Make sure to follow @TransitBlogger on Twitter by clicking the button in the sidebar as I am using it more often. Also if you are into indie music make sure to follow @IndMusicReview & @SurgeFM!

Have an awesome Labor Day weekend!

xoxo Transit Blogger

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NYC Transit Labor Day 2014 Service Plan

Here is the Labor Day 2014 service plan for NYC Transit Buses & Subways:

MTA New York City Transit subways and buses and MTA Bus Company buses will operate on a Sunday schedule on Labor Day, Monday, September 1.

Because of the J’Ouvert Parade on Monday, September 1, from 2 a.m. to 8 p.m. in Brooklyn, the Church Av 2 station will be closed and bypassed from 11 p.m. Sunday, August 31, to 4 a.m. Monday, September 1. Buses in the area will be rerouted.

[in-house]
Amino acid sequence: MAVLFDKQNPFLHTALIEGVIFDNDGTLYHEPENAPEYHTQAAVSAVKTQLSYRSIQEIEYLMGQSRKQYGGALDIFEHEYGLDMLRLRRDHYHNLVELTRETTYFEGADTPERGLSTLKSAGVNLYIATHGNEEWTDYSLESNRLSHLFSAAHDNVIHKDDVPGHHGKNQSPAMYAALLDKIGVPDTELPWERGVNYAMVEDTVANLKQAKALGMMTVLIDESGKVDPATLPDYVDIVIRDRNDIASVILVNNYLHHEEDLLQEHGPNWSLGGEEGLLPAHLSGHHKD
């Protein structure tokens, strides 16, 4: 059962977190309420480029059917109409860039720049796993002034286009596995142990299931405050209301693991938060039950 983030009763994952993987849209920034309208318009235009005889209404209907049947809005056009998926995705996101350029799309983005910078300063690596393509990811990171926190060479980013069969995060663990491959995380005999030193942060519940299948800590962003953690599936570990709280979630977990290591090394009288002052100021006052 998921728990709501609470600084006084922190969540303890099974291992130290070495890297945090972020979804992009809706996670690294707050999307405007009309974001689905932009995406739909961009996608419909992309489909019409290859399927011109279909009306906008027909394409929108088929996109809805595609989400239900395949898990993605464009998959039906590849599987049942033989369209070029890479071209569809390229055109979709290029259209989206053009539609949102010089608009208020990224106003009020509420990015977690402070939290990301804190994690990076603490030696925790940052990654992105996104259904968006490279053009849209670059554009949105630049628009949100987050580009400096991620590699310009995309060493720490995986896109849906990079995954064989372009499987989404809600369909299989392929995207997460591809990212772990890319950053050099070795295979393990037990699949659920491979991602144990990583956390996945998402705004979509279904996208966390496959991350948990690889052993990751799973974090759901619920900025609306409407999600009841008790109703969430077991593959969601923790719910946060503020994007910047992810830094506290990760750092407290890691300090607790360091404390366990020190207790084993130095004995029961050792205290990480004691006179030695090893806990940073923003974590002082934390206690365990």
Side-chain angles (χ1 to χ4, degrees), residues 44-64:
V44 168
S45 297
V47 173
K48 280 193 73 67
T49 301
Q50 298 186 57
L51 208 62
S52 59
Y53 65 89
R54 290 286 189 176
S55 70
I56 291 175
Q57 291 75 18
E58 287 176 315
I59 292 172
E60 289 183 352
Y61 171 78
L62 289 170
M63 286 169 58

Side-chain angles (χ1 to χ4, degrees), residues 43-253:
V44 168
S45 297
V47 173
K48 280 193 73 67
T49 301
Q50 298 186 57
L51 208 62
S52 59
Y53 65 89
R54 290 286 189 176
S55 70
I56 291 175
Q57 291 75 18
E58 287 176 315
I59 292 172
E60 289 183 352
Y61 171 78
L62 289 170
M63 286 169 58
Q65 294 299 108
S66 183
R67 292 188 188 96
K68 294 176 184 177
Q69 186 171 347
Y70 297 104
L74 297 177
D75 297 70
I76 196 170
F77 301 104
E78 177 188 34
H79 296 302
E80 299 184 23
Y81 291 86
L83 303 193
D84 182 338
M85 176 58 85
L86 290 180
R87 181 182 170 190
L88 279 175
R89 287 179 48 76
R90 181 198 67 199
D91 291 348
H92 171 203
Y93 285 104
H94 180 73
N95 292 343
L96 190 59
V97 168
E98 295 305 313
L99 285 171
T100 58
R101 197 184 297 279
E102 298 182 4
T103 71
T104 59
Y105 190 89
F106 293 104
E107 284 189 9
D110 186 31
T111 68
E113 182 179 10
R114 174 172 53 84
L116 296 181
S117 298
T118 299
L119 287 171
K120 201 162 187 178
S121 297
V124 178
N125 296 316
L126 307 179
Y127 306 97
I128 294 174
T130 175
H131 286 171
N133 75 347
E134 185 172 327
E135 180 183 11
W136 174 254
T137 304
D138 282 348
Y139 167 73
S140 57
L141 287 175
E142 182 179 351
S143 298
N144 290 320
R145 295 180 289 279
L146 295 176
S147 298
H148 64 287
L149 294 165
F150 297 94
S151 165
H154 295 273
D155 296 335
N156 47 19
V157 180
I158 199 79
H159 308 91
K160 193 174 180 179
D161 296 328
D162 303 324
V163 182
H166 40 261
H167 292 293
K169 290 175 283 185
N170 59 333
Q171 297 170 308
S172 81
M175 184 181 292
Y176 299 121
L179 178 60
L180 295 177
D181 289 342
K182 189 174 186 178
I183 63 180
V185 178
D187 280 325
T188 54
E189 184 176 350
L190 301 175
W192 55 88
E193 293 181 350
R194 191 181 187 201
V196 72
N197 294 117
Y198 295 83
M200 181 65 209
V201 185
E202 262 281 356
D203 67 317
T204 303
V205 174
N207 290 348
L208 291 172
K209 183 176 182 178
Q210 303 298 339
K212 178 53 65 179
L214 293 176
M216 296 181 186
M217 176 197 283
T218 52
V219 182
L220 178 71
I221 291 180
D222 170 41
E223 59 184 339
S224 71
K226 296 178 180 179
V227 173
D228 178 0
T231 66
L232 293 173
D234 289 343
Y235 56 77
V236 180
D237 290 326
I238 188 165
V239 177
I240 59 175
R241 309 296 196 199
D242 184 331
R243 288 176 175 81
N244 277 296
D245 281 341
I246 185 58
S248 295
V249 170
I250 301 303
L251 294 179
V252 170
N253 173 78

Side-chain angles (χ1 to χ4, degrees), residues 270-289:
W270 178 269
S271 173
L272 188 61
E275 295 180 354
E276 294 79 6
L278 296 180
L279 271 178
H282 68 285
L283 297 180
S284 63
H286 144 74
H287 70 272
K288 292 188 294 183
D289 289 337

Because of the West Indian-American Day Parade on Monday, September 1, from 10 a.m. to 6 p.m. along Eastern Parkway in Brooklyn, certain subway entrances in the parade area may be affected and buses in the area will be rerouted. The Eastern Pakwy- Brooklyn Museum 234 station will be closed and bypassed from 12 noon to 7 p.m. Monday, September 1. At the Crown Hts-Utica Av 34 station, certain staircases will be designated entrance/exit only. 4 trains will make local stops in Brooklyn.

xoxo Transit Blogger